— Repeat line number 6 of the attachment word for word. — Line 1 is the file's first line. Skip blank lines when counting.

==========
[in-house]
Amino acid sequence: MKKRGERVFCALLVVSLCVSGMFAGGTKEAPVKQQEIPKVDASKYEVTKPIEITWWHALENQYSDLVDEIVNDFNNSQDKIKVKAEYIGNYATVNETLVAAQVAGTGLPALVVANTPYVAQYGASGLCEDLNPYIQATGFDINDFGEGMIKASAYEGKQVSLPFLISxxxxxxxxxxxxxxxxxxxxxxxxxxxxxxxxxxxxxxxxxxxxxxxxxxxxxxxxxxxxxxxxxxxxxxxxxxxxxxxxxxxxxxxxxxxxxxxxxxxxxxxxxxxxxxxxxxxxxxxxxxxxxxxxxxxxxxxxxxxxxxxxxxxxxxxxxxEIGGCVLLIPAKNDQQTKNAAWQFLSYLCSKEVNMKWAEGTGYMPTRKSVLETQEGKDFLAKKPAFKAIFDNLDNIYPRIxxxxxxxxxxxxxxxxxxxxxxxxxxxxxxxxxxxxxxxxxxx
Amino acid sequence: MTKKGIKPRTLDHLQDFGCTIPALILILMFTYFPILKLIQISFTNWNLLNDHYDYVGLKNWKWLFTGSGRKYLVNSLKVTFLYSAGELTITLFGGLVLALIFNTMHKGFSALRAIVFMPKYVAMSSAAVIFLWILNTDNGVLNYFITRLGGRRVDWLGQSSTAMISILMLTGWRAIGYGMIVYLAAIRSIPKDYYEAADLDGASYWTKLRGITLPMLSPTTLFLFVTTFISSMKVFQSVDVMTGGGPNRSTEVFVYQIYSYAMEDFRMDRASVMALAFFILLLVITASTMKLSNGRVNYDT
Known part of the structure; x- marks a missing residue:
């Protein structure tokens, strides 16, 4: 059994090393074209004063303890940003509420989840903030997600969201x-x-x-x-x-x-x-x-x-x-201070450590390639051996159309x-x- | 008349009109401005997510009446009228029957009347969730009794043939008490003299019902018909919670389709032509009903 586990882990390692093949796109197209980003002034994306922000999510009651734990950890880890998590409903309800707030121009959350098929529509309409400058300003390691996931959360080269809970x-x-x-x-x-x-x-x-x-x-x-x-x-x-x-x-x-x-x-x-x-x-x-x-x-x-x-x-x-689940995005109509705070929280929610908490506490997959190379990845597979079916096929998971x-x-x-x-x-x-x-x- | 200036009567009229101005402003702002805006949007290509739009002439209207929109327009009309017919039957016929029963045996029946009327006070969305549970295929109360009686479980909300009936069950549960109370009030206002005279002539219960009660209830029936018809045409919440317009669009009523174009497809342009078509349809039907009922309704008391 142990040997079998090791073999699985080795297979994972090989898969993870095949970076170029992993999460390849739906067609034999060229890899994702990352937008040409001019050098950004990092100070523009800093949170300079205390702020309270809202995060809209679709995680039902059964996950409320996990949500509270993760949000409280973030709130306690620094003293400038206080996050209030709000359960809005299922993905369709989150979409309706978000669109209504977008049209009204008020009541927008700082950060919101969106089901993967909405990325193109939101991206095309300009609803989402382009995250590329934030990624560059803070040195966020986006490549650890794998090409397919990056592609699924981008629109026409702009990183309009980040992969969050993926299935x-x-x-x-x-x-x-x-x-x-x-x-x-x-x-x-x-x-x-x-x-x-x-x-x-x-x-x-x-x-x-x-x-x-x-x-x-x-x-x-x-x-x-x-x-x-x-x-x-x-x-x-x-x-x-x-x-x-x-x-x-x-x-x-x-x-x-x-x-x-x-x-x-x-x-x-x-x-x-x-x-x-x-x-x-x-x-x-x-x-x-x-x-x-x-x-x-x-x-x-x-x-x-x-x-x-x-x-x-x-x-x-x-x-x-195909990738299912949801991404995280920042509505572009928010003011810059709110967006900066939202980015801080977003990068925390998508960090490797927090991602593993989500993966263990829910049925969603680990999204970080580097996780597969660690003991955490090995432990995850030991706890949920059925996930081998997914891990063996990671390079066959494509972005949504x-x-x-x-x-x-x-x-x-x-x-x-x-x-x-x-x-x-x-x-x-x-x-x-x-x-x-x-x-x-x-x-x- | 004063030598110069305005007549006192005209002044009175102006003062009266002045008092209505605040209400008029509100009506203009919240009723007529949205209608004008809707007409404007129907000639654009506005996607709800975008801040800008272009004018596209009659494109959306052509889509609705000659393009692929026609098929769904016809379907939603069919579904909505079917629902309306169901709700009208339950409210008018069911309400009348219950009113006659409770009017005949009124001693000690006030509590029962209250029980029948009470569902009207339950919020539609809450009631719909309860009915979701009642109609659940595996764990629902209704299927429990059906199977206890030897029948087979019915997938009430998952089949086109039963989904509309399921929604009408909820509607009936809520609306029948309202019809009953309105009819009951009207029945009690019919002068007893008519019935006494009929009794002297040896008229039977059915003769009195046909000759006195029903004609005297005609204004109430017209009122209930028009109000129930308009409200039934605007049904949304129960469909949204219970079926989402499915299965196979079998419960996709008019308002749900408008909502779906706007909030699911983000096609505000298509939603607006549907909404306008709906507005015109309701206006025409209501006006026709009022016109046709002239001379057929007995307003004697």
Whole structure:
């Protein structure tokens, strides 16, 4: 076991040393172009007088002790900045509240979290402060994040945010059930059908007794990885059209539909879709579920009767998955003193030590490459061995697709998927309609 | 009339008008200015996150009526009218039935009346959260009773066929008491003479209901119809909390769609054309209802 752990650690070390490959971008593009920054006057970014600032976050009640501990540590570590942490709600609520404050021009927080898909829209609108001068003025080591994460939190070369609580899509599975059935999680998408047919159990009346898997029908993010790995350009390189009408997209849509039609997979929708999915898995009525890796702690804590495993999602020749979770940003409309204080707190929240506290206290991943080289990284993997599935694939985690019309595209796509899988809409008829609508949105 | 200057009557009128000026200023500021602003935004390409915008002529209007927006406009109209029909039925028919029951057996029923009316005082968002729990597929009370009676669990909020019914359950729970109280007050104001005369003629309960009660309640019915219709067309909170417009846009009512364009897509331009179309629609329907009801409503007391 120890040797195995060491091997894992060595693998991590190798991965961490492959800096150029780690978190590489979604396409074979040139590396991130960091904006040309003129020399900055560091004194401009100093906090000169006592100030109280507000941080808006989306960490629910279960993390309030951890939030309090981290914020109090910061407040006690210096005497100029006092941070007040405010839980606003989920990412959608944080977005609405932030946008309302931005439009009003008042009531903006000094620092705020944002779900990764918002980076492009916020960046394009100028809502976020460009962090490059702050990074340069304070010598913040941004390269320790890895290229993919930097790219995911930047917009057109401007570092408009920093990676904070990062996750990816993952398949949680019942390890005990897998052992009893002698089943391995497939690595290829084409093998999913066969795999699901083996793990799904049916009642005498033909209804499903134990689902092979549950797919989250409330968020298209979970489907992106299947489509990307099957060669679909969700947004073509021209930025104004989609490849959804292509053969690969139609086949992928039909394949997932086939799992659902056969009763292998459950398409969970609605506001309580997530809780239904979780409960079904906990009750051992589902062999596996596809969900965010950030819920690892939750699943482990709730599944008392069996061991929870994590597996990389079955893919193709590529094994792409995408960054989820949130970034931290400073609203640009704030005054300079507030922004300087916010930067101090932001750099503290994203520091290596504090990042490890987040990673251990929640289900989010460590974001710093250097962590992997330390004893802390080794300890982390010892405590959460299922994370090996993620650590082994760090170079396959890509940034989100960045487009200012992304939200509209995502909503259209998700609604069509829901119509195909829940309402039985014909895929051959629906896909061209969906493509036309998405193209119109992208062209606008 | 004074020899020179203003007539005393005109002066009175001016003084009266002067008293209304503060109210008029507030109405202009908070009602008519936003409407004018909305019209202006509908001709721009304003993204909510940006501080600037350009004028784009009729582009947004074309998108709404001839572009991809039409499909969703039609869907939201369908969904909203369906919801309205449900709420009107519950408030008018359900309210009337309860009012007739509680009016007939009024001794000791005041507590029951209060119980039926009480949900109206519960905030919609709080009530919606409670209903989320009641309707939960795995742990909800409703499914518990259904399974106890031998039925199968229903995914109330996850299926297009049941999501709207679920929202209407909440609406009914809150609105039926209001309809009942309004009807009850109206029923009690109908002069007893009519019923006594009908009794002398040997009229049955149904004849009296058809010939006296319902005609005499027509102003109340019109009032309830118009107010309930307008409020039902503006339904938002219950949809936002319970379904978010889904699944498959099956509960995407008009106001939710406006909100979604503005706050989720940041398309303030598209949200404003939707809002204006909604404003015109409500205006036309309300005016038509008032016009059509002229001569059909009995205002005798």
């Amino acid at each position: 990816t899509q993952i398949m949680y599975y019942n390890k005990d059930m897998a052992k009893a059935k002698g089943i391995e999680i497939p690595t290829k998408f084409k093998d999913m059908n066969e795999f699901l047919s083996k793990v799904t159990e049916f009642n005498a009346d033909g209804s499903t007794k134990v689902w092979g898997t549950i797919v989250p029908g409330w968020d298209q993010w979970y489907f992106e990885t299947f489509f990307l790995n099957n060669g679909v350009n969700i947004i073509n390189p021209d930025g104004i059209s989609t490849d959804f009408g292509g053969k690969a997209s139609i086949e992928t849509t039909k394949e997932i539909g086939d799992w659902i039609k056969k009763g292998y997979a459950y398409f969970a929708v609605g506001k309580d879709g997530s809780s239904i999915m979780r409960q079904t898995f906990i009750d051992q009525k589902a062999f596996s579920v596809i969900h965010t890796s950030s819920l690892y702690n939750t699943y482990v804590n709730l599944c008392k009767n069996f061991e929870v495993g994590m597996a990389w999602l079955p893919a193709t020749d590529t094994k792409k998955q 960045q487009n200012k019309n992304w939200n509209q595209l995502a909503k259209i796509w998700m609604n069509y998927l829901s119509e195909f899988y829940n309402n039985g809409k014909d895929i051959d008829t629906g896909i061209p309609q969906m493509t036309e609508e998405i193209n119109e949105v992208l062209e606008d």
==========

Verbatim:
Whole structure: